(site of) Catholic Church, Deloraine

A small wooden church, adjoining and possibly just south of the current Holy Redeemer Church. Replaced in 1886.

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If it was to the south, that would put it closer to Parsonage St, on the left side of this photo.

Possibly it was built in the 1850s. On the 13th April 1856, John Gannan (45 years, farmer, free) married Catherine Morrissey (25 years, house servant(?), free) in “the Catholic church, Deloraine”.

Some twelve months ago the Rev. E. F. Walsh, the pastor of the district, found the little wooden church which for many years had been used for the services of his church too small for the increased and increasing congregation, and voluntary subscriptions were invited, and so liberally were these responded to that a large sum wan obtained. It was then determined to have plans drawn, and tenders invited for the erection of a church to accommodate 600 persons, which will be erected contiguous to the present edifice, and on the northern side
Launceston Examiner, 11 November 1884

The new church, which will be a handsome and substantial edifice, after the style of the one at Westbury, will be almost upon the site of the old one, and is only a stone’s throw from the railway station.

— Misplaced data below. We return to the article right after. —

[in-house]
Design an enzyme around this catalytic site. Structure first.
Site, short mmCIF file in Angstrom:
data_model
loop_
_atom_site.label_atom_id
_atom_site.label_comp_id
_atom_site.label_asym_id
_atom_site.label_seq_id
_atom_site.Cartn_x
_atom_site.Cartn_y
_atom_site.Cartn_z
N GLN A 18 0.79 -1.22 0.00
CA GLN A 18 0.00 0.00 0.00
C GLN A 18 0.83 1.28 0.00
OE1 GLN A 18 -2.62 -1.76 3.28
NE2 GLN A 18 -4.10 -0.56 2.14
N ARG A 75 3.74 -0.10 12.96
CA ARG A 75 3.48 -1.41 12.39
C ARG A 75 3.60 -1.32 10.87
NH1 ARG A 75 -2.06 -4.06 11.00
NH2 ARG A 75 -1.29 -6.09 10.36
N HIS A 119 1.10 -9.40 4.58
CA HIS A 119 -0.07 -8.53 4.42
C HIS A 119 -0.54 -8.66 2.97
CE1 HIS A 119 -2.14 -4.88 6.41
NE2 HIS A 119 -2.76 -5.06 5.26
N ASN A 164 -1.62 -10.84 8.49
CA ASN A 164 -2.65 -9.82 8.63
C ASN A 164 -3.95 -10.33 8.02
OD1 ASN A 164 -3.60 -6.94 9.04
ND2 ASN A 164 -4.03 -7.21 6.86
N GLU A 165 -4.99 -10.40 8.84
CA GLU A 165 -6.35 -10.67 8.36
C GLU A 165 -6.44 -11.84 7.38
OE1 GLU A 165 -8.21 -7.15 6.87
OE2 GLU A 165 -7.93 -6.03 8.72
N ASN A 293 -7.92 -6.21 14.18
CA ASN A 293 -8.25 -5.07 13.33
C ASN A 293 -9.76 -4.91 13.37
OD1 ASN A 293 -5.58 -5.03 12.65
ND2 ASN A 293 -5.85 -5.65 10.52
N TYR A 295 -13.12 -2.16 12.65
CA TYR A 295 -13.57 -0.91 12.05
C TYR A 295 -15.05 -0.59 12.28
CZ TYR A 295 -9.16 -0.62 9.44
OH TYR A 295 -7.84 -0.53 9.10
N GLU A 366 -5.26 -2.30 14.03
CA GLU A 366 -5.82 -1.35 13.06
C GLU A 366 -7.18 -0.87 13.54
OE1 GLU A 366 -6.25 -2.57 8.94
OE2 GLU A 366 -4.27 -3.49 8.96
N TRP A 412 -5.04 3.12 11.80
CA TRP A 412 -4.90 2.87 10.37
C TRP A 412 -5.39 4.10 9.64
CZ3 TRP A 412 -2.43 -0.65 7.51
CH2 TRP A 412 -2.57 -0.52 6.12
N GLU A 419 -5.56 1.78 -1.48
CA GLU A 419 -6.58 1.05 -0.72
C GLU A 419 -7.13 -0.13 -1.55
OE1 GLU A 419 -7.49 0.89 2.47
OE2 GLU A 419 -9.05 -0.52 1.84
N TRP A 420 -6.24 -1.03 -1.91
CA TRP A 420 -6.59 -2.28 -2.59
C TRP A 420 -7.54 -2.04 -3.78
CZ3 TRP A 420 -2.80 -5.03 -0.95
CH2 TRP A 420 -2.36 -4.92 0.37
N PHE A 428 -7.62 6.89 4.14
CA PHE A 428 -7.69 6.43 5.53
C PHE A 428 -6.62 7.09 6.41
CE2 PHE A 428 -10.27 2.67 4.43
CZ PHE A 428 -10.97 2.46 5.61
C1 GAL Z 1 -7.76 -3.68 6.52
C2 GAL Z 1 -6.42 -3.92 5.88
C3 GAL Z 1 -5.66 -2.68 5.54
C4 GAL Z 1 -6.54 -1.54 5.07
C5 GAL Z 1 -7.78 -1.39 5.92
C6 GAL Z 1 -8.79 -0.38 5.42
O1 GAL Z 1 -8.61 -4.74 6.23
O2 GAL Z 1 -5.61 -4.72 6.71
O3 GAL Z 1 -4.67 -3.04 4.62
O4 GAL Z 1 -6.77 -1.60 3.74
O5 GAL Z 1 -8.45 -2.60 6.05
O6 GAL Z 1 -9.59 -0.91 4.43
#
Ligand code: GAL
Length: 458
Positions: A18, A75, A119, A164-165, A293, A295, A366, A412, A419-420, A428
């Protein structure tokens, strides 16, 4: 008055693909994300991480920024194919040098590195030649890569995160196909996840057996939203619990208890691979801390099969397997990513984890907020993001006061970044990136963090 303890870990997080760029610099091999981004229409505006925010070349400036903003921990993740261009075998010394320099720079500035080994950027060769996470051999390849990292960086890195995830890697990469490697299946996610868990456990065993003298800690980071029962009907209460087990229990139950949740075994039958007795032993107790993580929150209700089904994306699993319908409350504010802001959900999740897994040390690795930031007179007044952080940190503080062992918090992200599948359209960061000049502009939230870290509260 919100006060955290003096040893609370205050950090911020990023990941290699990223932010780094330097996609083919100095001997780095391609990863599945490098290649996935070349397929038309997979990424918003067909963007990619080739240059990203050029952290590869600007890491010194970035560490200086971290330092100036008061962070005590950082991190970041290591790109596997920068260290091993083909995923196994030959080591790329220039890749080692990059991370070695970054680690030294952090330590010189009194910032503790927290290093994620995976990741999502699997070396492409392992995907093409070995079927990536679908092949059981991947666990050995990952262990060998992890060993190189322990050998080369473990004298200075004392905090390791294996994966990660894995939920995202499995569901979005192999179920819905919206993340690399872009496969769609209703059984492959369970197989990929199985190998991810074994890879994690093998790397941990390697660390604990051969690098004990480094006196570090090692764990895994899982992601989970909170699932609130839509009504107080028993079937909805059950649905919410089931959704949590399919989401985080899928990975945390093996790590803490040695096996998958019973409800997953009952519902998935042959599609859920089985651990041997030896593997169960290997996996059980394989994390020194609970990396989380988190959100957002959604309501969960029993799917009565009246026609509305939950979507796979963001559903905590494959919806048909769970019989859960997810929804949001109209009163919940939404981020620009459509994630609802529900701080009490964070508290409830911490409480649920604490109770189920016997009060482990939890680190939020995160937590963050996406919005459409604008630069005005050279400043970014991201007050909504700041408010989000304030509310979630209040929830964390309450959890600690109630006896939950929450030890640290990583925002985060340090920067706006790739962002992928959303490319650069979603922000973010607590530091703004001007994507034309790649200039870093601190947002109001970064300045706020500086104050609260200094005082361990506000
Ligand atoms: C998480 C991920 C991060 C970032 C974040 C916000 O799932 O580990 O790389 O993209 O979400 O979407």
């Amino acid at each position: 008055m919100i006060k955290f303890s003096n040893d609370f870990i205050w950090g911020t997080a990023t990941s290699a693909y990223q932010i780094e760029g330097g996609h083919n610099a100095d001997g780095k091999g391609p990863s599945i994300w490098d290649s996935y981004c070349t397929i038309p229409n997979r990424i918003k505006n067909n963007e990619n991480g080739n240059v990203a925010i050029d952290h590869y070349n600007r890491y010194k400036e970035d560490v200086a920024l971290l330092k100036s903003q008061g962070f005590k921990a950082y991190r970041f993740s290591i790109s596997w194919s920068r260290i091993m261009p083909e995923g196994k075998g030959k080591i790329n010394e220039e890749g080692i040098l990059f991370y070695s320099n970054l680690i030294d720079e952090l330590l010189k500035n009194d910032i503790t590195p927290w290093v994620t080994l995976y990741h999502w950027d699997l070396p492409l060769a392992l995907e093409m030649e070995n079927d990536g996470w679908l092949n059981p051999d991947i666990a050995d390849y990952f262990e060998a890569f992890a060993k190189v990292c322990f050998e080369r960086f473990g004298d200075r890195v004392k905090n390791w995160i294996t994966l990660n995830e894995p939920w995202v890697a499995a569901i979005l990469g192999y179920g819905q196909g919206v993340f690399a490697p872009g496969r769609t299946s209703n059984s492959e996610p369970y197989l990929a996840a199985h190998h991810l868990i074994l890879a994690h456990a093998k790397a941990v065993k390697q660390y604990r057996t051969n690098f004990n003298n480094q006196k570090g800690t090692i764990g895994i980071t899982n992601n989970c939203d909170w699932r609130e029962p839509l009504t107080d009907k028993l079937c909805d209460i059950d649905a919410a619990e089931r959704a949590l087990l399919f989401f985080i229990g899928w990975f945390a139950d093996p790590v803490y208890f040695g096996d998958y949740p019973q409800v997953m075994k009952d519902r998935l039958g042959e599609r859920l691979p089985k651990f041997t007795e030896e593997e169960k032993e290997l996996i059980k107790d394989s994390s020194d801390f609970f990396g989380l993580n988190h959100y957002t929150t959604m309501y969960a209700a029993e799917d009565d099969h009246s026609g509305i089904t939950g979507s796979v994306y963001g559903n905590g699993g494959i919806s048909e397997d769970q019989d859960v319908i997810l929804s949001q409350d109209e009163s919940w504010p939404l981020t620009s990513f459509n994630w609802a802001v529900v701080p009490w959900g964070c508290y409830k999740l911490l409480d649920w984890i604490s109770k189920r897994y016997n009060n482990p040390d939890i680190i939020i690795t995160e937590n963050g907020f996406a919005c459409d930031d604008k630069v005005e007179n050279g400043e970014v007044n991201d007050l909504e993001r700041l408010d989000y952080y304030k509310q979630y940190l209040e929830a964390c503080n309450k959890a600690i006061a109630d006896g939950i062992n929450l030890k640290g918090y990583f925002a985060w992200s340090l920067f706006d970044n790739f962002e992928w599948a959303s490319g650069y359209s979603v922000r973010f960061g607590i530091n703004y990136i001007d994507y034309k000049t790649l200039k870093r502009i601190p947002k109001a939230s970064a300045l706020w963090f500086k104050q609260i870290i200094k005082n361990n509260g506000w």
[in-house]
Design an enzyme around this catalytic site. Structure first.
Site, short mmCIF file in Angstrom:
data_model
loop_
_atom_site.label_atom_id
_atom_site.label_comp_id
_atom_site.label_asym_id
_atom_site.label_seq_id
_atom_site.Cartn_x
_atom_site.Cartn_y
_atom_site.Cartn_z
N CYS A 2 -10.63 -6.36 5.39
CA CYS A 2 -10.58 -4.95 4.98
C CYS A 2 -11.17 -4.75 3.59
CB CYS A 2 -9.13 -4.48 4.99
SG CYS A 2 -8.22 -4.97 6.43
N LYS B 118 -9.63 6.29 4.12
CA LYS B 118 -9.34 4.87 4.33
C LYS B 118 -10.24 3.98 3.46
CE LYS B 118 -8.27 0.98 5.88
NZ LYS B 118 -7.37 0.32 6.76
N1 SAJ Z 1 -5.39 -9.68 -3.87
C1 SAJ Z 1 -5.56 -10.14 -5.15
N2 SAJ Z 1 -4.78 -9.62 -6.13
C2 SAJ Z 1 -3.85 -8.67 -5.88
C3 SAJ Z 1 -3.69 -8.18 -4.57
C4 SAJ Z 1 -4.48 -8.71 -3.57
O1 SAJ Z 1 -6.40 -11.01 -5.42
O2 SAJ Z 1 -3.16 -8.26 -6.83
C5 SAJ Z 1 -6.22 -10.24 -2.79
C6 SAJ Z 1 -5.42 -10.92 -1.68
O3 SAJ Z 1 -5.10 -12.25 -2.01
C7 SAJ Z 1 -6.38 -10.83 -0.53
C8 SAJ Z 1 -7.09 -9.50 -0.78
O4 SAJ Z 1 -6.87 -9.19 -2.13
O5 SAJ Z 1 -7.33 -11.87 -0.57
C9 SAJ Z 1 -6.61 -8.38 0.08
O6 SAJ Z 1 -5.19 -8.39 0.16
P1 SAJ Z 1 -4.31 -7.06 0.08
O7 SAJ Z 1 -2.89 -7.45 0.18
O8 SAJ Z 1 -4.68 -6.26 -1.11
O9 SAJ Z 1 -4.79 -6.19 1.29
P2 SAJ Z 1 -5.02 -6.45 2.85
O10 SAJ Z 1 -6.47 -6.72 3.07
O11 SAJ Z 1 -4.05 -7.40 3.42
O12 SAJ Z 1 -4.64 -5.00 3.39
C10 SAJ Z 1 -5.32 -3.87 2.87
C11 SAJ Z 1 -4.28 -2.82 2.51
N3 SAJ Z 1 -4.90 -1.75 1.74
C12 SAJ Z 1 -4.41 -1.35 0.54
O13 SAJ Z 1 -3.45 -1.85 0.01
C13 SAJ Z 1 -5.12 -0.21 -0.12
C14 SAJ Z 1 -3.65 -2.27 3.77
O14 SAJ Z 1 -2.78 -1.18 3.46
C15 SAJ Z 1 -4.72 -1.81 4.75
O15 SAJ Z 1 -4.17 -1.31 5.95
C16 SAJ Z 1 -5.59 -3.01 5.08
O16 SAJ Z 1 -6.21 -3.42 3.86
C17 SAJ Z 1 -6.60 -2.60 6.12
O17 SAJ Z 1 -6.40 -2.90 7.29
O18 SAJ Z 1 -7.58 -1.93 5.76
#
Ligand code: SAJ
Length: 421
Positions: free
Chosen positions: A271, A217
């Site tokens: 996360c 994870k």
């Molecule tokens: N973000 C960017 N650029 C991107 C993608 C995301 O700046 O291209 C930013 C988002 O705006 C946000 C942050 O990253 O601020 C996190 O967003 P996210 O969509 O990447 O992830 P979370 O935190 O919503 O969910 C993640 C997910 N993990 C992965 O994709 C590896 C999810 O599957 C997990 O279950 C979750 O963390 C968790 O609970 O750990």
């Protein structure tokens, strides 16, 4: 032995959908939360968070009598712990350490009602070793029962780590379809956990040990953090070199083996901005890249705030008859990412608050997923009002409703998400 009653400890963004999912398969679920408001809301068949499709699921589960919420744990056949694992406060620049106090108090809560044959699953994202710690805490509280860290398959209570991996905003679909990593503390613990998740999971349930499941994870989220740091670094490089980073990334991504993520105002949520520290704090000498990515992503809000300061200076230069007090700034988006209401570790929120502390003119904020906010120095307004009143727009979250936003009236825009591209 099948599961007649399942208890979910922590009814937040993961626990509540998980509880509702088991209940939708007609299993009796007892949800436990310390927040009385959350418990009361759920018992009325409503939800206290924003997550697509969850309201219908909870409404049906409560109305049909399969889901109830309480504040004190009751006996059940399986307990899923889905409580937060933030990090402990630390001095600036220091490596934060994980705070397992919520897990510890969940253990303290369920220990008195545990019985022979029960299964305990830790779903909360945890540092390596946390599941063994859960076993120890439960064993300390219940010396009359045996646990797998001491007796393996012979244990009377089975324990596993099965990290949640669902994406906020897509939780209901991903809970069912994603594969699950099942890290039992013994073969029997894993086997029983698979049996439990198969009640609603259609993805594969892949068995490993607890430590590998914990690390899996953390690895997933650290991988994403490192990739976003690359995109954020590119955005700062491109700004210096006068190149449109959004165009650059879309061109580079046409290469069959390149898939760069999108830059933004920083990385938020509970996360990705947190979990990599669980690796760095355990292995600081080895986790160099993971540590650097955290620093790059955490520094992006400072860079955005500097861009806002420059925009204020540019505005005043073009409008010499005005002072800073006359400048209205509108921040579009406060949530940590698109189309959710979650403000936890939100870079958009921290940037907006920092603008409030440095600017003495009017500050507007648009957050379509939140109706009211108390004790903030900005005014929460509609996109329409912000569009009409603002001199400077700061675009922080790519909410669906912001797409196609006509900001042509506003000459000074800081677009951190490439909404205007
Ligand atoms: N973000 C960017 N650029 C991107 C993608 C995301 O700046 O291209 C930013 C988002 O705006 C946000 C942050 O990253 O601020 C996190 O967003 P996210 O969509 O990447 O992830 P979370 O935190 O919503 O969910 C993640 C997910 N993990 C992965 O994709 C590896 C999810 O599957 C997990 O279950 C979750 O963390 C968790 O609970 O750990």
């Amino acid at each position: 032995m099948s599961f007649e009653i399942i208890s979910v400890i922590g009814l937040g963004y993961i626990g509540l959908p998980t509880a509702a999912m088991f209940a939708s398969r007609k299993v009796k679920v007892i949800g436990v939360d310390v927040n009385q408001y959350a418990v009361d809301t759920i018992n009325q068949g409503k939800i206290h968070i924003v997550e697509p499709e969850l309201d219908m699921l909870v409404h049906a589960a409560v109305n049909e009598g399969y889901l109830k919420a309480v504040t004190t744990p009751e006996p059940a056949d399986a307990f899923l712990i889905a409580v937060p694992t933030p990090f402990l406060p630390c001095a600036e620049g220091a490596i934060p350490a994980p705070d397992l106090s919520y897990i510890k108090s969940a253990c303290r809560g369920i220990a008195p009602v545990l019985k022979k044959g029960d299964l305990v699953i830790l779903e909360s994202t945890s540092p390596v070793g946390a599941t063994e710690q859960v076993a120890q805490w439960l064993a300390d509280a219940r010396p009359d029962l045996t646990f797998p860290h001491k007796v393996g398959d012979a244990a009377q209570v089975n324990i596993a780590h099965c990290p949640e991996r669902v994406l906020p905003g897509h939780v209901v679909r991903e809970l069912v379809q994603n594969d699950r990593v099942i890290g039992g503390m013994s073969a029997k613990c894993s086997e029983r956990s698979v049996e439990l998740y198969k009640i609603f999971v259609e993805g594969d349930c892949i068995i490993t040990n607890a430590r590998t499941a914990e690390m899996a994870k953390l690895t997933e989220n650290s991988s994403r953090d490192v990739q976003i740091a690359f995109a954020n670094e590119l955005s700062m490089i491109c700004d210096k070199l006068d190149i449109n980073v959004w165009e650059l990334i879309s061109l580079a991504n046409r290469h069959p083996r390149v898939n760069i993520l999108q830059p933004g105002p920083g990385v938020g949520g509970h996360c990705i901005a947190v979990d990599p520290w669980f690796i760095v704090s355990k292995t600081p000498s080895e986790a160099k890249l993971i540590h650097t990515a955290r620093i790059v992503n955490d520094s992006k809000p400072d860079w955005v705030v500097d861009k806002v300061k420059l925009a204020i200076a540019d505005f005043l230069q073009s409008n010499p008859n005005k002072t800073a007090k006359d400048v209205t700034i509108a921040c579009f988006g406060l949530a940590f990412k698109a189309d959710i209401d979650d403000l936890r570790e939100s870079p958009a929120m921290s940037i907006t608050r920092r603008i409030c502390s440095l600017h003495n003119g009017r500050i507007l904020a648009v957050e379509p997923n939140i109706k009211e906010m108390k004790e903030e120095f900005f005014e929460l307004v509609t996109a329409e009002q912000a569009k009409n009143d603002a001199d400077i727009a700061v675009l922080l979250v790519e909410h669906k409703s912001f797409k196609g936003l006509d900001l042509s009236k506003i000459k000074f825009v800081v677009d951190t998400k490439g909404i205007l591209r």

Daily Telegraph, 11 November 1884

St James’ Catholic Church, Cygnet (2)

Mary Street, Cygnet. Approximate location on Google Maps (it won’t recognise the church building as an address).
Opened 1940.

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History of parish & church on Huon Valley Catholic Parish web site.

There seem to have been four Catholic churches at Cygnet. The first a weatherboard, possible temporary, building erected in the early 1860s. This was replaced in 1867 by a more a more substantial small weatherboard church, St James. In 1903 a stone church, the Sacred Heart of Jesus, was constructed which incorporated the older building. This was later demolished and the current St James built in 1940.

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Cygnet Catholic Church
The tender of James Dunn and Son, of Hobart, at £5,656; has been accepted for the erection of the new Roman Catholic Church building at Cygnet. The building will cover an area of 120ft. by 40ft. The front will face Mary St., and the building will be of brick. Work will commence early next month.